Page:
Impossible Murders? Just Another Day for Almost Human!

When the witness to a murder is killed while giving testimony from a secure location, things don’t look good for Captain Maldonado in Blood Brothers tonight’s episode of Almost Human (Fox, Mondays, 8/7C). And when the identity of the killer becomes known, things get even dicier. Also, a psychic!

During the murder trial of Ethan Avery (Alex Miller), Haley Myers, one of a pair of witnesses to the crime is brutally killed while giving testimony via hologram projection – making a very definite impression on everyone in the court. Maya Vaughn (Megan Ferguson), the second witness, manages to flee the scene and is found by Dorian (Michael Ealy) and brought to the station.

On the way, she reveals to him and Kennex (Karl Urban) that she’s psychic – to a predictably sceptical reaction from Kennex. She claimed her fellow witness has told her who killed her. At the station, she causes a stir when she gives readings to several of the officers on duty before picking up and leaving – forcing Kennex and Dorian to go after her. Just after they pick her up, they are ambushed by a group of masked men in a van. Now we have a situation where an impossible murder has been committed and the sole remaining witness has been attacked while in a random location.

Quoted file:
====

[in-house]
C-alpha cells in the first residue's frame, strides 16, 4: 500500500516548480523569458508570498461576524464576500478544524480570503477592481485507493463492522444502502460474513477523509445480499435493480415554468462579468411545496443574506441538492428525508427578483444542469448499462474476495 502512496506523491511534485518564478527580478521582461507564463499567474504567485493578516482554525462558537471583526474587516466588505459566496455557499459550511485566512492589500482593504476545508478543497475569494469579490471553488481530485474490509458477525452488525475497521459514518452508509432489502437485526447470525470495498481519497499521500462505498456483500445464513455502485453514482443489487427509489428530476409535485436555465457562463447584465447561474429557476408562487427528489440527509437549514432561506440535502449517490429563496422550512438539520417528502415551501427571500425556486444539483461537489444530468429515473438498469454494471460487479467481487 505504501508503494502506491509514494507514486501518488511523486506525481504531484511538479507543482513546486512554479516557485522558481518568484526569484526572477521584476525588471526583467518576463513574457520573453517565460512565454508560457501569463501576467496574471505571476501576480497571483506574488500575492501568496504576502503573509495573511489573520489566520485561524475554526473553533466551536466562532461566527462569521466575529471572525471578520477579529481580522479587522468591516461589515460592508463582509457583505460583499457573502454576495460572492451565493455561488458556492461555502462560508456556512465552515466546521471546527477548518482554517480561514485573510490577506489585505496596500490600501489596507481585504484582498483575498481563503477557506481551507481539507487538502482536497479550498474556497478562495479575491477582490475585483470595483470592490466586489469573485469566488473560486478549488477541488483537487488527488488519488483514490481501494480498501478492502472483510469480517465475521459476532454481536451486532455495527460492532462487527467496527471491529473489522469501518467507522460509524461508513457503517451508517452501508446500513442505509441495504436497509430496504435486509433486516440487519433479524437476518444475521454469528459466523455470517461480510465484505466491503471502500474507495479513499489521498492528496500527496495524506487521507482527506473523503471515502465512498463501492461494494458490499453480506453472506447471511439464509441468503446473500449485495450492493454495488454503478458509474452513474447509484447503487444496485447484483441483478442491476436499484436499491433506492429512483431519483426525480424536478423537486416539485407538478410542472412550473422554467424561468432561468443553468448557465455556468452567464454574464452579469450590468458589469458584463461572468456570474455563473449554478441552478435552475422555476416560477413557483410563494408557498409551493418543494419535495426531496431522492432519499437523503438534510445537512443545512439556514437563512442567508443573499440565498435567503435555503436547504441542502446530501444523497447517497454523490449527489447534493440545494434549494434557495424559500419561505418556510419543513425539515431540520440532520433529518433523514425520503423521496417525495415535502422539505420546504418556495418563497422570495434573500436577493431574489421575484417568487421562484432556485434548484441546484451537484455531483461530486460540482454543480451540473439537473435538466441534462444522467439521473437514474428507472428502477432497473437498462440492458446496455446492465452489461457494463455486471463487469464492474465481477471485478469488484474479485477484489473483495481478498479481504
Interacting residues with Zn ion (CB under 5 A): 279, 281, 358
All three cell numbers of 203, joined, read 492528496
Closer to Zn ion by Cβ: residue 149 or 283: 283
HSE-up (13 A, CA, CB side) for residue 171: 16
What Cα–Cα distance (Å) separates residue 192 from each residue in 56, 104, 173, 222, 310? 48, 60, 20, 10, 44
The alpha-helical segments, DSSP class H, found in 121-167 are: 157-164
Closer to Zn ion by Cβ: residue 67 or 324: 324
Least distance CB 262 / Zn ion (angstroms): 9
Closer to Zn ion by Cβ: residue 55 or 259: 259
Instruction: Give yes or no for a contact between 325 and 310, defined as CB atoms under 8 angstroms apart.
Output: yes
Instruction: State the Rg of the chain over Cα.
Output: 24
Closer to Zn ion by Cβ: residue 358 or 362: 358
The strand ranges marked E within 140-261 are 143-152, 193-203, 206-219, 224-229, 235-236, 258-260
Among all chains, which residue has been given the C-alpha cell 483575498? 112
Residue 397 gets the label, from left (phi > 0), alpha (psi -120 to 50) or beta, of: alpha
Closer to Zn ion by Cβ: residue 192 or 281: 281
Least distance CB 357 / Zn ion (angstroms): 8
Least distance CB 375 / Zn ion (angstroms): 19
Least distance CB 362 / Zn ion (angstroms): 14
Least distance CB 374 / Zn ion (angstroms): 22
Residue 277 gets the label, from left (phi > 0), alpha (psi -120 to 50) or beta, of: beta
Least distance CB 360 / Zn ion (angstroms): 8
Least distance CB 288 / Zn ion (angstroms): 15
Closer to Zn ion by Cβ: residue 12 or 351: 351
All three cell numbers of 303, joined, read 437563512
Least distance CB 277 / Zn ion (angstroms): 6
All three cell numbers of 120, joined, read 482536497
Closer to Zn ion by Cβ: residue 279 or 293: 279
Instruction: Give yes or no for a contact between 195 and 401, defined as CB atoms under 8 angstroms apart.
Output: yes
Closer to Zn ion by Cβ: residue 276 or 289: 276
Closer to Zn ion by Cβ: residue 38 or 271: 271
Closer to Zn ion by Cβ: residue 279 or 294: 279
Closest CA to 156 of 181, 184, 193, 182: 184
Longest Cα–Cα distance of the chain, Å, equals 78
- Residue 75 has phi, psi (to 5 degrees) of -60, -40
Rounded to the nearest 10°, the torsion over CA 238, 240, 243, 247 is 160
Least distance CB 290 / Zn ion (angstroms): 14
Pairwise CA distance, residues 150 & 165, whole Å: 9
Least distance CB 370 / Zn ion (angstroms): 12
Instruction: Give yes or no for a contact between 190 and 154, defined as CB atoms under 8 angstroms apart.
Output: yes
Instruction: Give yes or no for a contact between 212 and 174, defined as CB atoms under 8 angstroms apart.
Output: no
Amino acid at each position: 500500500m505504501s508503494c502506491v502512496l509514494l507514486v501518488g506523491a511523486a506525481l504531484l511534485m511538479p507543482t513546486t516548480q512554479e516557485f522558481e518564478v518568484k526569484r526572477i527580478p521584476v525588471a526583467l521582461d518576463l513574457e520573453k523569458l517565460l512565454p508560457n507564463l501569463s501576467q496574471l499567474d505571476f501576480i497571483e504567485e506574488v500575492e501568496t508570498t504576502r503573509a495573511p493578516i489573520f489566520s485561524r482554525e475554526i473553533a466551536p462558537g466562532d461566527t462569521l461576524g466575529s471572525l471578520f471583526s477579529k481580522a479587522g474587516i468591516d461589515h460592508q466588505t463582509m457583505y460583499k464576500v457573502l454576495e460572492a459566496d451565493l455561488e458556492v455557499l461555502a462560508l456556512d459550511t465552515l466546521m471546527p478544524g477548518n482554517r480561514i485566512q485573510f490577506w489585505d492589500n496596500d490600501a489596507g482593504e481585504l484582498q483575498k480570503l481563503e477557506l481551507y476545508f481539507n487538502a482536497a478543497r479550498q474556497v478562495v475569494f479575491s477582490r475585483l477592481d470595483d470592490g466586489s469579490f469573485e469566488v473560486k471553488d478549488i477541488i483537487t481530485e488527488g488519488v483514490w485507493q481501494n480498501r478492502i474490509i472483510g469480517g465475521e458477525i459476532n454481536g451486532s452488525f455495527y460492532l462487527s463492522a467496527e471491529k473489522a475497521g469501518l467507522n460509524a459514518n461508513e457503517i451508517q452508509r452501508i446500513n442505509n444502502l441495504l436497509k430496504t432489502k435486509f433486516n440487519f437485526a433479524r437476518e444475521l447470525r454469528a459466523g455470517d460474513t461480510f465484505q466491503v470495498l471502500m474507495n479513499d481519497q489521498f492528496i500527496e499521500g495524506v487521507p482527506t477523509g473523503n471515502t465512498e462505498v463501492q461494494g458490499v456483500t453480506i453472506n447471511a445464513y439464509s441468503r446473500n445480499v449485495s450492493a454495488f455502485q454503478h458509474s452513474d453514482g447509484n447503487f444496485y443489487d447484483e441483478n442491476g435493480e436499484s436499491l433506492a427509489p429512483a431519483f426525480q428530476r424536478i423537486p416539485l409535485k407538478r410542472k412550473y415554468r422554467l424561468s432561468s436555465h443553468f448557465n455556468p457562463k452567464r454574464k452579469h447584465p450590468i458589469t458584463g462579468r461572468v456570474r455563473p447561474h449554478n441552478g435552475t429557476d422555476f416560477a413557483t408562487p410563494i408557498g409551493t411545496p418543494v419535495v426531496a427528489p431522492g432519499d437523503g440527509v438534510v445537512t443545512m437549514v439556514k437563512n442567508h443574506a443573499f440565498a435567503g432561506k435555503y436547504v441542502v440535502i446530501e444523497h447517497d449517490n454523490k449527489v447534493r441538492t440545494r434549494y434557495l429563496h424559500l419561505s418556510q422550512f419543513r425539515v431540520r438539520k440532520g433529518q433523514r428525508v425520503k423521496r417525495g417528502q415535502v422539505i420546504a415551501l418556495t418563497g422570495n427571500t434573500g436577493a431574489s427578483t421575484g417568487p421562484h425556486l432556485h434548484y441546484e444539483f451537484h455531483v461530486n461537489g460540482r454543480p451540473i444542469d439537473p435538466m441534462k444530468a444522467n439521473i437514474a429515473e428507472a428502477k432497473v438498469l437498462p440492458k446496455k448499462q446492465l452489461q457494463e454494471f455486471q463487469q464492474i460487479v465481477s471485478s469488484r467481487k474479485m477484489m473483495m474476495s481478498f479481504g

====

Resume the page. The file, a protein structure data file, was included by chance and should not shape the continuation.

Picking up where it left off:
Blood Brothers is probably the best ep of the season, thus far, for Almost Human. We may not have any details on Captain Maldonado’s (Lili Taylor) history, but we learn a great deal about her by the way she handles herself and this investigation. She is not someone any criminal – no matter high their IQ – should ever want to piss off.

We learn maybe a bit too much about Dorian and definitely too much about the standard android cops – in scenes that are both disturbing and hilarious. We also get a bit more development of the hinted at potential Kennex/Detective Stahl (Minka Kelly) relationship (soccer is involved!). Avery and Maldonado face of in a perfectly realized set of bookend scenes, highlighting the difference beyond the genius psychopath and the controlled, but emphatically emotional captain.

Kelly and Taylor get their opportunity to shine and both make the most of it.

The screener for Blood Brothers had no credits so I can’t give credit where credit is due, but given the relatively hard sci-fi setting, the writer manages to makes Maya’s gift very credible – and Ferguson is very, very good in the role. The psychopathic Avery is also very effective and the idea that even a genius can be tripped up as a result of his own ego is well handled.

Even without completely finished effects, audio, and music, Blood Brothers is briskly put together and maintains the balance between the gee-whiz-tech and character development that is required to keep the show both believable and appealing.

Final Grade: B+

Photos by Liane Hentscher/Courtesy of Fox